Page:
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Saturday, August 3, 2013

The Roots Of Radio Hobbyists

English: Cartoon showing a man receiving Morse...
English: Cartoon showing a man receiving Morse code during an amateur radio examination. (Photo credit: Wikipedia)
The Roots Of Radio Hobbyists

Radio hobbyists can play with their equipment all day without giving a thought to the origins of their hobby. Early radio hobbyists were part of something that was, at the time, new and fairly crazy.

After radio technology was stabilized, there was a steady growth of radio signaling in the fields of navigation of ships and for rescue operations. On the other hand, the amateur radio operators also started to dominate the air. The first documented and famous amateur wireless enthusiast was a then young man named Irving Vermilya born in 1890 when wireless transmission was being born. The young man since age 12 heard Marconi and built his own wireless transmission equipment and was often “heard” telegraphing with ships during that time. In 1911 he became a member of the Radio Club that had been formed. He got himself certified in 1912 when law mandated all wireless operators to be certified. In his own words,

This was pre-audio era, and communication was purely in Morse code. Irving then organized his own amateur group who had regular meetings monthly and would communicate daily wishing “GM” (good morning) and “GN” (good night), some of the first amateur jargon to be used. He also proceeds to describe in his series of articles published in QST magazine in 1917 as to how they managed to lay the telegraph lines and such and how they “drew juice” for the wireless operation from the electric lines instead of relying on batteries.

Meanwhile, apart from the “professionals” and “amateurs”, with audio wireless signal transmission there was a new revolution setting in. A Dutch engineer in Hague was the first to make regular wireless transmission via radio. This could be considered the first regular radio broadcast. After this there was slow development until the commercial radio stations came into being.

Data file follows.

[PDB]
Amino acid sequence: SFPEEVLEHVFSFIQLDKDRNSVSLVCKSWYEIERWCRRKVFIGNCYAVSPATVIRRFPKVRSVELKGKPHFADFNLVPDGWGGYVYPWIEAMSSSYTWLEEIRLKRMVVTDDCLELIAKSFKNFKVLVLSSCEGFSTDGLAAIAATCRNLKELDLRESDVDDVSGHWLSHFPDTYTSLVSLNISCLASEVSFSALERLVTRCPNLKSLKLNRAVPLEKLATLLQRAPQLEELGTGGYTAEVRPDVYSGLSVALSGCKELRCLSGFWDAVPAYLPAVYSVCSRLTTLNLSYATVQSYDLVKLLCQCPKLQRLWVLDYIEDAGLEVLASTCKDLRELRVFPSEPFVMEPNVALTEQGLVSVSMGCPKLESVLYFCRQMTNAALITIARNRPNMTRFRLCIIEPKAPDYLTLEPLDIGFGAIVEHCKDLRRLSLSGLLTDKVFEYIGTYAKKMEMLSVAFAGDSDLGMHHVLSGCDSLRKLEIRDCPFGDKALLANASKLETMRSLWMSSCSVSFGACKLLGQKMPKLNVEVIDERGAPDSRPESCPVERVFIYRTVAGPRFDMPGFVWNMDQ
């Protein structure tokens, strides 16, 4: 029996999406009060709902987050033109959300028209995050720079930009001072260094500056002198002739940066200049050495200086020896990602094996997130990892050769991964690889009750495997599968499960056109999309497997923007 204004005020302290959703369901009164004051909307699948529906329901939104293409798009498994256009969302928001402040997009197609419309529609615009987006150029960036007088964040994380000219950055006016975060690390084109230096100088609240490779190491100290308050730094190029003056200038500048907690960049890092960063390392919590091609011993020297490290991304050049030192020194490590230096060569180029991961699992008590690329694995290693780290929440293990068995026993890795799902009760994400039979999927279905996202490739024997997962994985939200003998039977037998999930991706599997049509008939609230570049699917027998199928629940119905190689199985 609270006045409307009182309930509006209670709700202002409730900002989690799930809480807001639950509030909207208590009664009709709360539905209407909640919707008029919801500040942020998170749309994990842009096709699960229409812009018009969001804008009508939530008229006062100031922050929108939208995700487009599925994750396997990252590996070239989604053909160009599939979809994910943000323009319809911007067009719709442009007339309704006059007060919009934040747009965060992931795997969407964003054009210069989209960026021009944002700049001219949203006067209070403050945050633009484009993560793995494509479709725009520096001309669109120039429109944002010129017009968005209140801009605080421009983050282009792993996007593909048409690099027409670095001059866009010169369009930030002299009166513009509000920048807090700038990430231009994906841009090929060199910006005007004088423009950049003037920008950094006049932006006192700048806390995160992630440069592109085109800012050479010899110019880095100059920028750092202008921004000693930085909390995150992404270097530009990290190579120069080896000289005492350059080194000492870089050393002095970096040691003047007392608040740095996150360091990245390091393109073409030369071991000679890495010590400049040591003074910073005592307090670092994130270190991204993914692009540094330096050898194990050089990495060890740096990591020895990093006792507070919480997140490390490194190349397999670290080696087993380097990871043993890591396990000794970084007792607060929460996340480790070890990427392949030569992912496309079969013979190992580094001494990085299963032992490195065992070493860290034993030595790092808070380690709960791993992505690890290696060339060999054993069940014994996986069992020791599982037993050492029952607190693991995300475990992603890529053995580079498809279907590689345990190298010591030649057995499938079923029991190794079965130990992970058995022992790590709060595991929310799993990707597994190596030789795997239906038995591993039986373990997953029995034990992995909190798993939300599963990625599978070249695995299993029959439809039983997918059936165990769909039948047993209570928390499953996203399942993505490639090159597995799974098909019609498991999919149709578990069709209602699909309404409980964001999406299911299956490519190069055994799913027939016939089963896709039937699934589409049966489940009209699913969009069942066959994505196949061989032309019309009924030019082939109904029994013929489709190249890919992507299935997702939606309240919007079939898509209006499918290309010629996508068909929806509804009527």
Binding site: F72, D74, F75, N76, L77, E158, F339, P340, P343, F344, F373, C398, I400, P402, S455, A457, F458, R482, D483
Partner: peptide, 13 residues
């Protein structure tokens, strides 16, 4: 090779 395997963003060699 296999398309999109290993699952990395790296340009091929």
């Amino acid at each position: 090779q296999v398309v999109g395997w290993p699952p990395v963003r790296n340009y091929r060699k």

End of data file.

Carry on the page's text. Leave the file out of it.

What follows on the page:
The requirement to be certified killed the enthusiasm in many amateurs, and the number of amateurs dwindled. But then after WWI, there was a boom. The first radio clubs were formed in 1909 and this was the beginning of the radio hobbies which included radio as a part of the hobby activity.

During the WWI the amateur radio operators were asked to stop their activity and dismantle the equipment. Radio operators in uniform helped in military communications. They got back on the air again by November 1919 again. A similar lull in amateur radio happened during Second World War and got back on air by 1946. After lots of battles over the frequency range that the amateurs can tune into, the amateur radio is here to stay!

At present there are more than 170,000 ham operators which is possibly not the complete picture. It is still increasing. So, with Irving Vermilya was born the amateur radio operation, since he was the first radio hobbyist. After lots of developments, including the discovery of the transistor which greatly decreased the size of the radio equipment, the old ways still remains which included “waiting for someone to signal”.

The rules to get oneself certified and licensed included a Morse code proficiency until the World Radiocommunication Conference in Geneva in 2003 that eliminated the need for Morse code proficiency from the licensure tests. Taking effect from February 23, 2007 the Morse code has been eliminated from the tests for amateur radio license tests.